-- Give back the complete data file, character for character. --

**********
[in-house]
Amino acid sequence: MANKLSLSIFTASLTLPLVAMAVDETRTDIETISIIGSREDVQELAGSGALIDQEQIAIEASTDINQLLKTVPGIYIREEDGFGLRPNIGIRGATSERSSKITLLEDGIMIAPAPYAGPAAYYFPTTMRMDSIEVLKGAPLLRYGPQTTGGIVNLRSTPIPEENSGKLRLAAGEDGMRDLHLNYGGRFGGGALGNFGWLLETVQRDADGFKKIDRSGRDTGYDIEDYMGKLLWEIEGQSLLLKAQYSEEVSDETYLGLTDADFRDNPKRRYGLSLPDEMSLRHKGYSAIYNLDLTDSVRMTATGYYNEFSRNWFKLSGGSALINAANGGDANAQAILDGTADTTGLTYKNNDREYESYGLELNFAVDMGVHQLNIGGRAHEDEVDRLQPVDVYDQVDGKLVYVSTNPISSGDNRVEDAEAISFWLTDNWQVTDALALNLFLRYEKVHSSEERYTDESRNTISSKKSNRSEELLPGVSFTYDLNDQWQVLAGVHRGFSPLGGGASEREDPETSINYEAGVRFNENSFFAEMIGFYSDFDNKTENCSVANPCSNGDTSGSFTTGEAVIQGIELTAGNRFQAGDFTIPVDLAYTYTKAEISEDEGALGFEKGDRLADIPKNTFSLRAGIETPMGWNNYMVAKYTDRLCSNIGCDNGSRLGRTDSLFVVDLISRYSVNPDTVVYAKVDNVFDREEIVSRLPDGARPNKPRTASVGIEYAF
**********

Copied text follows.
[in-house]
Amino acid sequence: MANKLSLSIFTASLTLPLVAMAVDETRTDIETISIIGSREDVQELAGSGALIDQEQIAIEASTDINQLLKTVPGIYIREEDGFGLRPNIGIRGATSERSSKITLLEDGIMIAPAPYAGPAAYYFPTTMRMDSIEVLKGAPLLRYGPQTTGGIVNLRSTPIPEENSGKLRLAAGEDGMRDLHLNYGGRFGGGALGNFGWLLETVQRDADGFKKIDRSGRDTGYDIEDYMGKLLWEIEGQSLLLKAQYSEEVSDETYLGLTDADFRDNPKRRYGLSLPDEMSLRHKGYSAIYNLDLTDSVRMTATGYYNEFSRNWFKLSGGSALINAANGGDANAQAILDGTADTTGLTYKNNDREYESYGLELNFAVDMGVHQLNIGGRAHEDEVDRLQPVDVYDQVDGKLVYVSTNPISSGDNRVEDAEAISFWLTDNWQVTDALALNLFLRYEKVHSSEERYTDESRNTISSKKSNRSEELLPGVSFTYDLNDQWQVLAGVHRGFSPLGGGASEREDPETSINYEAGVRFNENSFFAEMIGFYSDFDNKTENCSVANPCSNGDTSGSFTTGEAVIQGIELTAGNRFQAGDFTIPVDLAYTYTKAEISEDEGALGFEKGDRLADIPKNTFSLRAGIETPMGWNNYMVAKYTDRLCSNIGCDNGSRLGRTDSLFVVDLISRYSVNPDTVVYAKVDNVFDREEIVSRLPDGARPNKPRTASVGIEYAF